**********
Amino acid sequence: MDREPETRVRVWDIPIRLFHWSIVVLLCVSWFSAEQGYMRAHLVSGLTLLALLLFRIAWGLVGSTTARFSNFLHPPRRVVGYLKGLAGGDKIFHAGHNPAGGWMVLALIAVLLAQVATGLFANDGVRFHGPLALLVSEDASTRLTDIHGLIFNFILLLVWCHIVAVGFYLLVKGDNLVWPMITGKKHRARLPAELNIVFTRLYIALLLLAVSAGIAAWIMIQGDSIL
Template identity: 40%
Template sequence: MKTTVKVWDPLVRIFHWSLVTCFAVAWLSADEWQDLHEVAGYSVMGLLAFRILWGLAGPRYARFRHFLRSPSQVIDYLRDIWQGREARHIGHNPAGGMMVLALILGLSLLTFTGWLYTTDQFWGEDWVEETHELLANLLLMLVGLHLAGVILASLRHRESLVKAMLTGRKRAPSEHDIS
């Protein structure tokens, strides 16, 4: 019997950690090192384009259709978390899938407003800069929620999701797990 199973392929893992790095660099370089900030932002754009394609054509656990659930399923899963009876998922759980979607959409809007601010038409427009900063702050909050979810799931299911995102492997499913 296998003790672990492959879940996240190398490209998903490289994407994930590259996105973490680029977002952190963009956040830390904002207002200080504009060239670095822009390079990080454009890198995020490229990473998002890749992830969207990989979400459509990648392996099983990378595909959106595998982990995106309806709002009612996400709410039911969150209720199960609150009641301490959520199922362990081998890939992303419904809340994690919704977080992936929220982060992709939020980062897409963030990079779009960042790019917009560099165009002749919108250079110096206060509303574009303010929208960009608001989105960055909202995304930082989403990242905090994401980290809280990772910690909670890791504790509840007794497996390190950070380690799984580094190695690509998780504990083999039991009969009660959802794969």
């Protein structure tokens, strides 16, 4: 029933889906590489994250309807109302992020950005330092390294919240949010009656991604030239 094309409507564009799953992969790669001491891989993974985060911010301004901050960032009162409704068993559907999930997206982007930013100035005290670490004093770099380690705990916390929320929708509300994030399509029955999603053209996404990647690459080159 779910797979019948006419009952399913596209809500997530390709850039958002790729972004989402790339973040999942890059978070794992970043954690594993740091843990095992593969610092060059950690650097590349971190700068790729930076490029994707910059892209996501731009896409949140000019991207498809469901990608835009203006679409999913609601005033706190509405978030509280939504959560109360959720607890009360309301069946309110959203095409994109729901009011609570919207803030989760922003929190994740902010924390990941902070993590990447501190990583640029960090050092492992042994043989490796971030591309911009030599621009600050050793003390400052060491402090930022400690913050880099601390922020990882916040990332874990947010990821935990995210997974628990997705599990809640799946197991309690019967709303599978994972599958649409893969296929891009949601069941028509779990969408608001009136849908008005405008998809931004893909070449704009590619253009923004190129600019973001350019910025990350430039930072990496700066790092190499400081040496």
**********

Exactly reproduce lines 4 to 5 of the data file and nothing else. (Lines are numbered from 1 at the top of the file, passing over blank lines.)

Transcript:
């Protein structure tokens, strides 16, 4: 019997950690090192384009259709978390899938407003800069929620999701797990 199973392929893992790095660099370089900030932002754009394609054509656990659930399923899963009876998922759980979607959409809007601010038409427009900063702050909050979810799931299911995102492997499913 296998003790672990492959879940996240190398490209998903490289994407994930590259996105973490680029977002952190963009956040830390904002207002200080504009060239670095822009390079990080454009890198995020490229990473998002890749992830969207990989979400459509990648392996099983990378595909959106595998982990995106309806709002009612996400709410039911969150209720199960609150009641301490959520199922362990081998890939992303419904809340994690919704977080992936929220982060992709939020980062897409963030990079779009960042790019917009560099165009002749919108250079110096206060509303574009303010929208960009608001989105960055909202995304930082989403990242905090994401980290809280990772910690909670890791504790509840007794497996390190950070380690799984580094190695690509998780504990083999039991009969009660959802794969």
């Protein structure tokens, strides 16, 4: 029933889906590489994250309807109302992020950005330092390294919240949010009656991604030239 094309409507564009799953992969790669001491891989993974985060911010301004901050960032009162409704068993559907999930997206982007930013100035005290670490004093770099380690705990916390929320929708509300994030399509029955999603053209996404990647690459080159 779910797979019948006419009952399913596209809500997530390709850039958002790729972004989402790339973040999942890059978070794992970043954690594993740091843990095992593969610092060059950690650097590349971190700068790729930076490029994707910059892209996501731009896409949140000019991207498809469901990608835009203006679409999913609601005033706190509405978030509280939504959560109360959720607890009360309301069946309110959203095409994109729901009011609570919207803030989760922003929190994740902010924390990941902070993590990447501190990583640029960090050092492992042994043989490796971030591309911009030599621009600050050793003390400052060491402090930022400690913050880099601390922020990882916040990332874990947010990821935990995210997974628990997705599990809640799946197991309690019967709303599978994972599958649409893969296929891009949601069941028509779990969408608001009136849908008005405008998809931004893909070449704009590619253009923004190129600019973001350019910025990350430039930072990496700066790092190499400081040496």